The new double-disc recording, Bhakti Fest, highlights some of the most memorable and Om-inspired kirtan tracks from the genre's biggest stars. You will hear Jai Uttal, David Newman, Sean Johnson, Sita, C.C. White, Govindas & Radha, Prema Hara, and The Mayapuris. There are trance-inducing tracks with repetitive mantras and soul-calming melodies. The driving melodies of simiplistic percussion, harmonium, some guitars, and angelic vocals make the music come to life. There are four tracks per disc, but the release as a whole is not too short at an hour-and-a-half. The melodies and rhythms have lasting effects for sure. The glorious vocals and immersive quality of the music is without a doubt one of the best kirtan releases of the year. If you want to add a little bliss in your life; then Bhakti Fest is the key. ~ Matthew Forss

CD Review: Sierra Leone's Refugee All Stars' 'Radio Salone'

Sierra Leone's Refugee All Stars
Radio Salone

Sierra Leone's Refugee All Stars are an incredible world music and afro-beat group of musicians that continue to astound listeners with each release. The newest release, Radio Salone, contains a host of catchy, groovy, and funk-laden songs with some afro-latin percussion and good 'ol African funk. There are sixteen tracks and loads of fun for the entire family. The gritty grooves and danceable hooks are ripe with African flavors and musical styles. The percussion and vocals are top-notch with little in the way of creative imperfections. The highly-percussive instrumentation, contemporary grooves, and soulful funk with indigenous melodies and styles makes Radio Salone a hit with all who listen to it. Fans of afro-beat, West African pop music, dance music, and innovative afro-pop will love Radio Salone. ~ Matthew Forss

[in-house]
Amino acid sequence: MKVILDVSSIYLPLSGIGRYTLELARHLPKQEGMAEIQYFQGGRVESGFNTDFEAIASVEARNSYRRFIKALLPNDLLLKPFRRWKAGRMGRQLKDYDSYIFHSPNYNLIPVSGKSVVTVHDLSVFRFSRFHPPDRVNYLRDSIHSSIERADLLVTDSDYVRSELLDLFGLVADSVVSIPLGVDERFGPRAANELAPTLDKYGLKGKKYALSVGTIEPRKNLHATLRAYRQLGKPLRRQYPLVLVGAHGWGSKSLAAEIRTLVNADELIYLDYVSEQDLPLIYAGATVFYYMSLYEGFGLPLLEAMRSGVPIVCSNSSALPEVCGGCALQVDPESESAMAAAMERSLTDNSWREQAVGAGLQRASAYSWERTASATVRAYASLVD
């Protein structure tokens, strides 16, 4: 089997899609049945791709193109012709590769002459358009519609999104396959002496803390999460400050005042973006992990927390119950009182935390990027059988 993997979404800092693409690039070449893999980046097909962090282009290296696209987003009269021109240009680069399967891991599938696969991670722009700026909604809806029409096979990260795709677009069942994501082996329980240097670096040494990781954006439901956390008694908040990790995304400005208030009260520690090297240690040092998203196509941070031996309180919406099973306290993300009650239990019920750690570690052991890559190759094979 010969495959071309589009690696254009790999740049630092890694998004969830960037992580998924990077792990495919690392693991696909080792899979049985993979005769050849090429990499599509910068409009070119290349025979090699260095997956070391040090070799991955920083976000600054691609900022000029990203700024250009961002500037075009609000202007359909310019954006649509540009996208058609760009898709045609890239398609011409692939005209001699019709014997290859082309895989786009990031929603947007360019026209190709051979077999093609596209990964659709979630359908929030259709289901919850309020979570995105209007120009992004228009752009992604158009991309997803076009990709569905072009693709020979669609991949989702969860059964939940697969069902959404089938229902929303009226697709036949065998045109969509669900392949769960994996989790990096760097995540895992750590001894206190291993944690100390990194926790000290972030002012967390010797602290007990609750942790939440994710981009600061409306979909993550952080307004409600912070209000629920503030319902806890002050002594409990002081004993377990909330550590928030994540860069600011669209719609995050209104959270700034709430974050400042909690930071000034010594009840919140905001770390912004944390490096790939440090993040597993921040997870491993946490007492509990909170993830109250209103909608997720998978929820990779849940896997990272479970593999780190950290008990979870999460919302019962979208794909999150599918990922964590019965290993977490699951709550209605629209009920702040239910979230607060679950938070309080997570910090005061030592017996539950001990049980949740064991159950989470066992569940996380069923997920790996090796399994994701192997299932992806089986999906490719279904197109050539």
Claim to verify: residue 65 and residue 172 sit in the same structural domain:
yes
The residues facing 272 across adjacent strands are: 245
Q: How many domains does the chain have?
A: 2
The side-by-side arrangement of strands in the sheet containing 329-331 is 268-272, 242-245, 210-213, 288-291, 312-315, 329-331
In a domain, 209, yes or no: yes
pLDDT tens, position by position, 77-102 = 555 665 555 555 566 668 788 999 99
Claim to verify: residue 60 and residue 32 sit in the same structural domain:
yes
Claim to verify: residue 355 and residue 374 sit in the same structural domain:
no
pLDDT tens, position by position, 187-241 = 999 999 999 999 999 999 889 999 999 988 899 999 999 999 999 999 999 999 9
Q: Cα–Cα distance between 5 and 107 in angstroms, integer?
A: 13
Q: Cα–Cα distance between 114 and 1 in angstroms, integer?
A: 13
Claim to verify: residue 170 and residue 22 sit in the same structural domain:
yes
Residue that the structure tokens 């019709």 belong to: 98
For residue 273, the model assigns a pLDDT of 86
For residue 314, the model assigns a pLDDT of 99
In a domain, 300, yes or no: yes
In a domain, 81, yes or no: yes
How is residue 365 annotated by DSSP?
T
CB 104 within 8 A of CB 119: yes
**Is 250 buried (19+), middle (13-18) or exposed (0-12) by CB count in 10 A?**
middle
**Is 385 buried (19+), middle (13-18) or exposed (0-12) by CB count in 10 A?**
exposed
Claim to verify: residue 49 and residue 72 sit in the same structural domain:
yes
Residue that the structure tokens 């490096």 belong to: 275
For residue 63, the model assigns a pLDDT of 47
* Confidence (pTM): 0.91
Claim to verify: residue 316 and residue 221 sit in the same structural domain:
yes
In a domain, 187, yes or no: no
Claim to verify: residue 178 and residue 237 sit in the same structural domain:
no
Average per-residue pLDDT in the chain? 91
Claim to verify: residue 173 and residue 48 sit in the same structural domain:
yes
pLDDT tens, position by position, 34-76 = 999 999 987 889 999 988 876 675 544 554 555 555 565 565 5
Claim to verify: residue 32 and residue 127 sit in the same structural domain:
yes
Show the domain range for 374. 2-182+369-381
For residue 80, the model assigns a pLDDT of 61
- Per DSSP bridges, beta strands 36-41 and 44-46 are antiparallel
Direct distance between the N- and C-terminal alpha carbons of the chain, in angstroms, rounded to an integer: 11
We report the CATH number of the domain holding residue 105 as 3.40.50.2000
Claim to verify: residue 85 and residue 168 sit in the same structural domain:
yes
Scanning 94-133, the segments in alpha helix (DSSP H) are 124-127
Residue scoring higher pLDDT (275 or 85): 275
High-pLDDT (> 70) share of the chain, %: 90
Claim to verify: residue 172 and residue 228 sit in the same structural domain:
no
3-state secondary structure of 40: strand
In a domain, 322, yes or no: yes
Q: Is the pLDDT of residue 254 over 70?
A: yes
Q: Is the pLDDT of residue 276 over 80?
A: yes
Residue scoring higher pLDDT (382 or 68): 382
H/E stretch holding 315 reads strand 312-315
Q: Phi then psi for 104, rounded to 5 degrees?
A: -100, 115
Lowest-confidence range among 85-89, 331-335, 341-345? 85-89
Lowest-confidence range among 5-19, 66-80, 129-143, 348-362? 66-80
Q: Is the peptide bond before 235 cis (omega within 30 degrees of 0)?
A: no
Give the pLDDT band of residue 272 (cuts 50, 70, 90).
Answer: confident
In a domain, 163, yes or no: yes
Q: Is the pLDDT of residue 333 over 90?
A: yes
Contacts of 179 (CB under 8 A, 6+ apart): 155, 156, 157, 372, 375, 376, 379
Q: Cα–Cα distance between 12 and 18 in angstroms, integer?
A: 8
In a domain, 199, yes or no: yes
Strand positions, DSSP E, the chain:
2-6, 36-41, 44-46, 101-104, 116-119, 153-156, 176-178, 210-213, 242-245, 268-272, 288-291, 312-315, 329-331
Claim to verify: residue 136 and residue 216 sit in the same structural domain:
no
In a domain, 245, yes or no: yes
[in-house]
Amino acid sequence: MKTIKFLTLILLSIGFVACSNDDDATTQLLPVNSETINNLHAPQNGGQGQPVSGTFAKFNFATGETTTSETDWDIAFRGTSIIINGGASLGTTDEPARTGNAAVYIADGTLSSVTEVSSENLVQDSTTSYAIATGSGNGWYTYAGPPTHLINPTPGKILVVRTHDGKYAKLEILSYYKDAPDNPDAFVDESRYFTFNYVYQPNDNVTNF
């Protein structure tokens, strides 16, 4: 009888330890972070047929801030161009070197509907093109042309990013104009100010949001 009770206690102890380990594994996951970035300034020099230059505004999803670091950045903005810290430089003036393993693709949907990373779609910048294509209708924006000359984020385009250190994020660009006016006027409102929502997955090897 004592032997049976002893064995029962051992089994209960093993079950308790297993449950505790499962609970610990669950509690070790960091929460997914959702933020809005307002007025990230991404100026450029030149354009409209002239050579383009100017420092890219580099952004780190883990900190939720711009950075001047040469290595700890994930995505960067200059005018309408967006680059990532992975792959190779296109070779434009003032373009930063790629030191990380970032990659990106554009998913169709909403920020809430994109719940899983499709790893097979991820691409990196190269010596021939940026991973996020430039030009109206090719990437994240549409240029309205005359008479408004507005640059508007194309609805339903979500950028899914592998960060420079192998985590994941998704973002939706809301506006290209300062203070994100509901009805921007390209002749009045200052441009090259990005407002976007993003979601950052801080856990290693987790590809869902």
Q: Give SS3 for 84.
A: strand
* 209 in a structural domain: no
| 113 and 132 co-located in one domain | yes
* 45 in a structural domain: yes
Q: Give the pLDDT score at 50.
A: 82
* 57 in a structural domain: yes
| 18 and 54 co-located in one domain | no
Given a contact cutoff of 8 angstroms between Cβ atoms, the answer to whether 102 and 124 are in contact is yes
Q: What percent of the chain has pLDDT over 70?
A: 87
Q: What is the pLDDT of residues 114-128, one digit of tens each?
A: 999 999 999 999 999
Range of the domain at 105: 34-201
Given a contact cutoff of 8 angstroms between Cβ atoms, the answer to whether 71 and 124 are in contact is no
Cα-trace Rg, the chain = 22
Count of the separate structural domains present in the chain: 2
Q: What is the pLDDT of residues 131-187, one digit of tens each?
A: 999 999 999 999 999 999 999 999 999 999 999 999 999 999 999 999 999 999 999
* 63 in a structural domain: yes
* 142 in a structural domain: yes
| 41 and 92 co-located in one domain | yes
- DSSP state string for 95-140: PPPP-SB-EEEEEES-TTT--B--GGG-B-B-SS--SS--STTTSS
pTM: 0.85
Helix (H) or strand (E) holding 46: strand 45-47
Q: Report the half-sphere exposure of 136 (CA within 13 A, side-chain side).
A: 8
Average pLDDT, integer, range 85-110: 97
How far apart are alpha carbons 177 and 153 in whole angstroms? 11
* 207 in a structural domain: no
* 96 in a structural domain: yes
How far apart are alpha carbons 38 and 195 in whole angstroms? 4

CD Review: Eric EQ Young's 'Just 4 You'

Eric EQ Young
Just 4 You